Third remark: Well, 'likeliness' is akin to probability; as for other 'forces', 'forms of energy', dimensions, etc, what would be the point in consider them - if they 'exist' - if we're not aware of their manifestation? Certainly, we're limited; but, extrapolating to a «close minded line of thinking» leads me to believe there's another... could you elaborate on that, please?
The Laws of Physics are only as good as they reflect our world's behaviour; it's a metalanguage (a translating language...) of natural phenomena; so far, reason has gone hand-in-hand with observation; one's nothing, without the other.
Mathematics are tools (ok, a very special kind of tools); it has been built upon axioms, just like the one you've pictured; actually, like flatness is a special case of curvature, 1+1=2 is a special case, where 2 happens to be one of a series of [infinite?] possibilities; moreover, we cannot prove it's own axioms: Gödel's theorem asserts that mathematical axioms (the very basic ones) cannot be subject to proof; shocking as it might seem, it proves mathematical consistency: were we able to prove axioms, they could prove false...

Preface (we don't know better...): The problem is that we're as much 'gods' as gods can be. We know no other form of thinking nor other form of sensing (we do invent tools which help, though); we've got no comparative models and, even if we had, we would not understand them, most probably.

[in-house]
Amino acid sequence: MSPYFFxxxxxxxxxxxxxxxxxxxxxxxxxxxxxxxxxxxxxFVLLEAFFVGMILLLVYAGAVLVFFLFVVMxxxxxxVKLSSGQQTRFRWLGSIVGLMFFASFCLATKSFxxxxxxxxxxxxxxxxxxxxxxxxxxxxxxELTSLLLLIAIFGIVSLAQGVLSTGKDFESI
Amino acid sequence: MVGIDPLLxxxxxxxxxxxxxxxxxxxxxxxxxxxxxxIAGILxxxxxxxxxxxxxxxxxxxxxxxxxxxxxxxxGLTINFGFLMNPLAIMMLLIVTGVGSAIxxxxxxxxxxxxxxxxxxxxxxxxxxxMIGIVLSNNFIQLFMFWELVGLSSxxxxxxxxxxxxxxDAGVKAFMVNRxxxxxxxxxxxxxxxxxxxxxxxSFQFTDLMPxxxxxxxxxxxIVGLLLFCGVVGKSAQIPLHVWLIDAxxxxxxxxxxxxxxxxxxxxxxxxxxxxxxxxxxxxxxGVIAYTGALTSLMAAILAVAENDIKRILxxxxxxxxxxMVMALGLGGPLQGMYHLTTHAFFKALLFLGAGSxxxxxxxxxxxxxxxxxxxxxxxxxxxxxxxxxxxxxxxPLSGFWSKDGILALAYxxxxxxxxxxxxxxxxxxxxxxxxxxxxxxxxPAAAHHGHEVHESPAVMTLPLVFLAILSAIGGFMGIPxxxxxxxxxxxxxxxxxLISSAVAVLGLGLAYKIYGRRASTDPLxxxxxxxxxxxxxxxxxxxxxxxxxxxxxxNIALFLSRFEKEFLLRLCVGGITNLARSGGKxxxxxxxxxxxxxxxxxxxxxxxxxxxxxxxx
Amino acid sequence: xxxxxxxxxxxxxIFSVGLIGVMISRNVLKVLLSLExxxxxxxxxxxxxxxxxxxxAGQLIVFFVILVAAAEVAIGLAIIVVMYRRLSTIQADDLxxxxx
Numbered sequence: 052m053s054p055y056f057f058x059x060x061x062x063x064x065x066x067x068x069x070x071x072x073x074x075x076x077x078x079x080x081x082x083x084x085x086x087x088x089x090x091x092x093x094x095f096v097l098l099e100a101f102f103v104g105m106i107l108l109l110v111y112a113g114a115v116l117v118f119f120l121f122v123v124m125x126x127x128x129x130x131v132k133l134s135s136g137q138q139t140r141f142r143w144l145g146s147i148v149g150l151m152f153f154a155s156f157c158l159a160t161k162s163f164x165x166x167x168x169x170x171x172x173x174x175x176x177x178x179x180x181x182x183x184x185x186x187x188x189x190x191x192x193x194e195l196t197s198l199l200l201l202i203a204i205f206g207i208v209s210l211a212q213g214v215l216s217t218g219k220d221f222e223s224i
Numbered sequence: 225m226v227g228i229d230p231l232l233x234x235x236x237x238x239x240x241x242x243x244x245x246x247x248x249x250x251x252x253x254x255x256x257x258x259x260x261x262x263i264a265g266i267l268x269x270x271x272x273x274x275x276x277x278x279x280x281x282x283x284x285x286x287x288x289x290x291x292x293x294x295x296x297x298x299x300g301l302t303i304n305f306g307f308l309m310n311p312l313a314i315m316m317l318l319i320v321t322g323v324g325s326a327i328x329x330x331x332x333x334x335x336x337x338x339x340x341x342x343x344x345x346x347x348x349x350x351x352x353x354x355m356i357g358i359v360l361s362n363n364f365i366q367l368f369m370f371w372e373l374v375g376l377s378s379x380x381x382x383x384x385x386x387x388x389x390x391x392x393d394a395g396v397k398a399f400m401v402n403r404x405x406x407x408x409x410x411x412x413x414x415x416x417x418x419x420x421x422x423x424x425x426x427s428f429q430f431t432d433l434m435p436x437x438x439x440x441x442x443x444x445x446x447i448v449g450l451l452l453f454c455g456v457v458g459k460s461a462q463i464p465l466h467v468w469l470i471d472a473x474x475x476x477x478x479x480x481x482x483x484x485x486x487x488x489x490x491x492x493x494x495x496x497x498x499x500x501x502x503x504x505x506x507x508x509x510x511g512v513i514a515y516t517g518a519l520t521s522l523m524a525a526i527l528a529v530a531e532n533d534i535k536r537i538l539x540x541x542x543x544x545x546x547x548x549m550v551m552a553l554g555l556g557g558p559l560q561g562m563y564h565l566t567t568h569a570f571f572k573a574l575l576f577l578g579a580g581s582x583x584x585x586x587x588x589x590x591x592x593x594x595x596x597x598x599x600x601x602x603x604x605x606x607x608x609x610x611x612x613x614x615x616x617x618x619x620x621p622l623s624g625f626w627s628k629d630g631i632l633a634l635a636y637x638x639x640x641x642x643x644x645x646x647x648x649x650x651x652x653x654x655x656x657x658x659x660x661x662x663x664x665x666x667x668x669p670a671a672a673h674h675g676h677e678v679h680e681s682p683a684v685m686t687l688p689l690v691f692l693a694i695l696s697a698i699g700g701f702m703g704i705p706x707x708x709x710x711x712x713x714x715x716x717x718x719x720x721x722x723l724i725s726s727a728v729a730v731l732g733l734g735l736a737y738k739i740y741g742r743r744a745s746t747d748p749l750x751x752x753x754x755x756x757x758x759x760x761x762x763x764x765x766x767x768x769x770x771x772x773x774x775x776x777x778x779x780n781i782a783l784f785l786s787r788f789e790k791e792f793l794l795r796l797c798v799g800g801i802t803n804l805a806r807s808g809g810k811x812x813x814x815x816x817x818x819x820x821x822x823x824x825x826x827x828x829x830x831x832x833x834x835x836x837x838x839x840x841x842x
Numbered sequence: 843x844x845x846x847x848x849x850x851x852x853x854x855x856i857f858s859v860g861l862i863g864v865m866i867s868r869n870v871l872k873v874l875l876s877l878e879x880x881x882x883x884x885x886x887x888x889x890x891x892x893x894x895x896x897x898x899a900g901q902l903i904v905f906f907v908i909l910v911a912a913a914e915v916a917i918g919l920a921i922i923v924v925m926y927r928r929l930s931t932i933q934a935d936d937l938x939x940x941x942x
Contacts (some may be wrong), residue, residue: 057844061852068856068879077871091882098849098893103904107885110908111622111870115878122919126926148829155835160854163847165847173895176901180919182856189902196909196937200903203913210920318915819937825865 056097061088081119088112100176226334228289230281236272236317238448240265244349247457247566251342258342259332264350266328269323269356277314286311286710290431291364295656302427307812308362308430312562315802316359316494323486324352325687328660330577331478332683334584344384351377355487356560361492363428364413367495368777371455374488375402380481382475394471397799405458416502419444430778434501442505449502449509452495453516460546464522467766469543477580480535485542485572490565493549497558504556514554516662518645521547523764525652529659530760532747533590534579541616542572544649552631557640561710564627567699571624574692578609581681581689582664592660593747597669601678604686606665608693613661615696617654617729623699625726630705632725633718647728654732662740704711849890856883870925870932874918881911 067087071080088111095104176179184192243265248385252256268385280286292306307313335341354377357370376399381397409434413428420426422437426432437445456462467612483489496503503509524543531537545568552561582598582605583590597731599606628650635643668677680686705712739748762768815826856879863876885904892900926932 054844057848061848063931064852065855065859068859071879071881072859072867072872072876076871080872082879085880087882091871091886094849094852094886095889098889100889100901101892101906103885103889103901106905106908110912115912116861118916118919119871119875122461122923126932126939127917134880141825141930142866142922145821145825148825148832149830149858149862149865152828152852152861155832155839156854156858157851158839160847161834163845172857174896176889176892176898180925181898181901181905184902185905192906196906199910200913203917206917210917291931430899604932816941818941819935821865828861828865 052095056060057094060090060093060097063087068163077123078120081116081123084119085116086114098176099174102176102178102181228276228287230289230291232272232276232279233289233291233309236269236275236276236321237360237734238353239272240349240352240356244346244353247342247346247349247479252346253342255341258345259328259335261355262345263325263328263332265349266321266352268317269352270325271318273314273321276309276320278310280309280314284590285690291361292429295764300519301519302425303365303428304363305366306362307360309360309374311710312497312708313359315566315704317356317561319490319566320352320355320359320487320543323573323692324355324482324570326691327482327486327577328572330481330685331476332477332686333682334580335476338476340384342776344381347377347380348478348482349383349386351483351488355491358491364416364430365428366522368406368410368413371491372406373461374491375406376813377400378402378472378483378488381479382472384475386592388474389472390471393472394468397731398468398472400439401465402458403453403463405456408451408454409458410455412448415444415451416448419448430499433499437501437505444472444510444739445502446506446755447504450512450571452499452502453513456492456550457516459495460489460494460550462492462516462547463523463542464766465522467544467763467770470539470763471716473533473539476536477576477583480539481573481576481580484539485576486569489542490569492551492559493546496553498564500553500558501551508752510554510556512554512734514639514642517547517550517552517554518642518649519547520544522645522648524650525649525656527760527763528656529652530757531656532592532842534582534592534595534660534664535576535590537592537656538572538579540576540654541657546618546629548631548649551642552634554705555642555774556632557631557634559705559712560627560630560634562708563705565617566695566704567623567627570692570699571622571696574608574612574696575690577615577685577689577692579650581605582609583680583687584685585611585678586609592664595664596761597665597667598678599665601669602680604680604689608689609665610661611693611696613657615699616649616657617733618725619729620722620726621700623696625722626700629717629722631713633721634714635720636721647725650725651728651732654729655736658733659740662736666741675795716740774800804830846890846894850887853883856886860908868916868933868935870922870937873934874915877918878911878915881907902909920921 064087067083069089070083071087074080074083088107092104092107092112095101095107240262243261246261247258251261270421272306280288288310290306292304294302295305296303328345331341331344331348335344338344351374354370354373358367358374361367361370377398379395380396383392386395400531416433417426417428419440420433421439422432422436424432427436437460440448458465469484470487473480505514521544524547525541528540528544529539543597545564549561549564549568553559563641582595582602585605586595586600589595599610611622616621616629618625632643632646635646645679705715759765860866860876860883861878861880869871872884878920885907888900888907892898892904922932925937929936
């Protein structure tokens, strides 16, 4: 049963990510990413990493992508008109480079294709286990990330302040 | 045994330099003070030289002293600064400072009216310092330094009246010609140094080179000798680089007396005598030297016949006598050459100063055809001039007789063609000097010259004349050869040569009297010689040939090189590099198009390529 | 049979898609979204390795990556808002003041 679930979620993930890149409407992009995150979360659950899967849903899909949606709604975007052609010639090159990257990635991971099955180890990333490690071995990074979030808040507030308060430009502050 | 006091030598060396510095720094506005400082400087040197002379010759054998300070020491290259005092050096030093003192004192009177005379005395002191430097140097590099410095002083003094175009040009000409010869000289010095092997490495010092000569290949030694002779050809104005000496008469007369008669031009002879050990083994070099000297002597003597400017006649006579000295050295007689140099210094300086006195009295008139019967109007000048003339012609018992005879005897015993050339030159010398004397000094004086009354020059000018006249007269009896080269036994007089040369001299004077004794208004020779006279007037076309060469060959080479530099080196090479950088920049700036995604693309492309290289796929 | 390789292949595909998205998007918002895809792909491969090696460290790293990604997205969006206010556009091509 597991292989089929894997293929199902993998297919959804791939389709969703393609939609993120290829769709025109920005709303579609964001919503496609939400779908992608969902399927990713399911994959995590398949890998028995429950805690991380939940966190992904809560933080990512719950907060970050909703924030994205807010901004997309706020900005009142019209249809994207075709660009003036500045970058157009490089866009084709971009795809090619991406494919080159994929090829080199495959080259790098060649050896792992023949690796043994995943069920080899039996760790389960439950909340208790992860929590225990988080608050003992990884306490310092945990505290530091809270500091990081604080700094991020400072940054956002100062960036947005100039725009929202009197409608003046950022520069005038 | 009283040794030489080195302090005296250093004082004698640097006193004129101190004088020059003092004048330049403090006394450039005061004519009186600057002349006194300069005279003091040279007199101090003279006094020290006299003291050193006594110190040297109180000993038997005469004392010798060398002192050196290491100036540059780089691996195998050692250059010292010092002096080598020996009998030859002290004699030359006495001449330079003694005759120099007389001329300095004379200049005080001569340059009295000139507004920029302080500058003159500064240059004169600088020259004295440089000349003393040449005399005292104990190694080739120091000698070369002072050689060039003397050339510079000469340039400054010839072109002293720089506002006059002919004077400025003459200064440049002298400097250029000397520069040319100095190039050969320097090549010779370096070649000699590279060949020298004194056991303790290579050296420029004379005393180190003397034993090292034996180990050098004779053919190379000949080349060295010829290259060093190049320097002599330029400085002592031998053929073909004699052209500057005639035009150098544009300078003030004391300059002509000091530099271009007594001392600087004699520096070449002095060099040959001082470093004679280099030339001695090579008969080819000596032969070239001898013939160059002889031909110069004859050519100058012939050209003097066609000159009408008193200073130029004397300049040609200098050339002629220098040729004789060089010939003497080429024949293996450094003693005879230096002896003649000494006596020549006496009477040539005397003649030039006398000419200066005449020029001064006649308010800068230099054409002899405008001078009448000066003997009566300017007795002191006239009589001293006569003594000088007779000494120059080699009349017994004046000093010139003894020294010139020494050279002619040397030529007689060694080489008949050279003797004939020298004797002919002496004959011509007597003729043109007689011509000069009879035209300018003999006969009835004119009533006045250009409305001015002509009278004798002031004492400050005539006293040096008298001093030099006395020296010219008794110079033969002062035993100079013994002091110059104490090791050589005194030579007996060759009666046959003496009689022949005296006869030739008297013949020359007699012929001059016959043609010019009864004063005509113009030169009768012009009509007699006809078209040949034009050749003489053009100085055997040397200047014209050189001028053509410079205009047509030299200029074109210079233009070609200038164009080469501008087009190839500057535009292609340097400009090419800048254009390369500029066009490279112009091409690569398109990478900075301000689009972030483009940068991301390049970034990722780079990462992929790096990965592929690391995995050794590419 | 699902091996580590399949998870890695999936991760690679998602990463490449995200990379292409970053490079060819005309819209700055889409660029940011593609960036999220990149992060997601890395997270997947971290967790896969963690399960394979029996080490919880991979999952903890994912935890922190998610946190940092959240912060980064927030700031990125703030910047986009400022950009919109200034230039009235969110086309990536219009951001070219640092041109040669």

Many of General Relativity's peculiarities were due to 'insights' about how things could work, within a certain context (not Star Treck's); it happens that, most of those peculiarities were subject to proof and they've been proven, after GR was thought out; that, was a big 'win' towards our way of thinking. But, GR isn't the ultimate theory; nor, perhaps, Quantum Mechanics. Maybe there's room for another 'mind revolution'... or, Nature will show itself, 'undone'.
'Our equations' go way beyond our senses; maybe the four 'forces' we know today may have a more 'colourful' way of presenting themselves than just 'black' & 'white'. We're trying hard to find out.
Maybe you should know better, on what concerns our limitations... and our knowledge.


By joset00 on 12/3/2006 7:33:07 PM , Rating: 2
@ vanka:

y= 1/sqr.1-v^2/c^2, also known as Lorentz transformations (replace y by rest mass, rest time, rest lenght, the first '1' by m', t' or l' and v by the relative velocity to c); or, in 'calculation overdrive mode',
Actually, we can detect objects @ the speed of light: photons (rest mass=0); and, we can predict what would happen if it was possible for any object with non-zero rest mass to reach c: it would become energy, according to E=m*c^2. Nothing much. The problem would be the amount of energy to supply such an object for such an achievement: infinite.
And, the "complex equation" you mention, is no more than the Lorentz factor, 1/sqr1-v^2/c^2.